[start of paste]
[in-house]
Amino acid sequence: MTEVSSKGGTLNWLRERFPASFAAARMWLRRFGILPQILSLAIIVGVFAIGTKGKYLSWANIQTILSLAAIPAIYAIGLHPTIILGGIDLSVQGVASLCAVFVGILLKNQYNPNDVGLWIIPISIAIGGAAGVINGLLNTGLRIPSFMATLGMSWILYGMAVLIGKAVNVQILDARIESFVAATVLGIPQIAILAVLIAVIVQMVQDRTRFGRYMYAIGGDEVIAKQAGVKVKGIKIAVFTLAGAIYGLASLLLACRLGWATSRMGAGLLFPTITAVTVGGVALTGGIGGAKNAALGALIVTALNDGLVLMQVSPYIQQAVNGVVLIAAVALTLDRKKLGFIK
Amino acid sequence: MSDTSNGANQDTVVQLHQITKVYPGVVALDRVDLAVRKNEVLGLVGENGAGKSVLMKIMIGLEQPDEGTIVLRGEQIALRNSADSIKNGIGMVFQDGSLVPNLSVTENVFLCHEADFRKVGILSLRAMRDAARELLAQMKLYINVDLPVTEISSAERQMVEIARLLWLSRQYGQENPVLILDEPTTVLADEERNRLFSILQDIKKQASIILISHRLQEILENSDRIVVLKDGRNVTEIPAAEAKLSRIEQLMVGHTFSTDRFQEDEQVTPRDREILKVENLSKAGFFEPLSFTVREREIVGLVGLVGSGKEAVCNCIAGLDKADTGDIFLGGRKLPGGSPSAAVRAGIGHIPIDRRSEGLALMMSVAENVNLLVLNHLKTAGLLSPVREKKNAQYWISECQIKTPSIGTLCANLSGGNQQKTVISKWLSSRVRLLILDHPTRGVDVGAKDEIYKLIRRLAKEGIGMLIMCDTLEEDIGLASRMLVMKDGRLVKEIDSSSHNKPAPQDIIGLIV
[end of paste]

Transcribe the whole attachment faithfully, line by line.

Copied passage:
[in-house]
Amino acid sequence: MTEVSSKGGTLNWLRERFPASFAAARMWLRRFGILPQILSLAIIVGVFAIGTKGKYLSWANIQTILSLAAIPAIYAIGLHPTIILGGIDLSVQGVASLCAVFVGILLKNQYNPNDVGLWIIPISIAIGGAAGVINGLLNTGLRIPSFMATLGMSWILYGMAVLIGKAVNVQILDARIESFVAATVLGIPQIAILAVLIAVIVQMVQDRTRFGRYMYAIGGDEVIAKQAGVKVKGIKIAVFTLAGAIYGLASLLLACRLGWATSRMGAGLLFPTITAVTVGGVALTGGIGGAKNAALGALIVTALNDGLVLMQVSPYIQQAVNGVVLIAAVALTLDRKKLGFIK
Amino acid sequence: MSDTSNGANQDTVVQLHQITKVYPGVVALDRVDLAVRKNEVLGLVGENGAGKSVLMKIMIGLEQPDEGTIVLRGEQIALRNSADSIKNGIGMVFQDGSLVPNLSVTENVFLCHEADFRKVGILSLRAMRDAARELLAQMKLYINVDLPVTEISSAERQMVEIARLLWLSRQYGQENPVLILDEPTTVLADEERNRLFSILQDIKKQASIILISHRLQEILENSDRIVVLKDGRNVTEIPAAEAKLSRIEQLMVGHTFSTDRFQEDEQVTPRDREILKVENLSKAGFFEPLSFTVREREIVGLVGLVGSGKEAVCNCIAGLDKADTGDIFLGGRKLPGGSPSAAVRAGIGHIPIDRRSEGLALMMSVAENVNLLVLNHLKTAGLLSPVREKKNAQYWISECQIKTPSIGTLCANLSGGNQQKTVISKWLSSRVRLLILDHPTRGVDVGAKDEIYKLIRRLAKEGIGMLIMCDTLEEDIGLASRMLVMKDGRLVKEIDSSSHNKPAPQDIIGLIV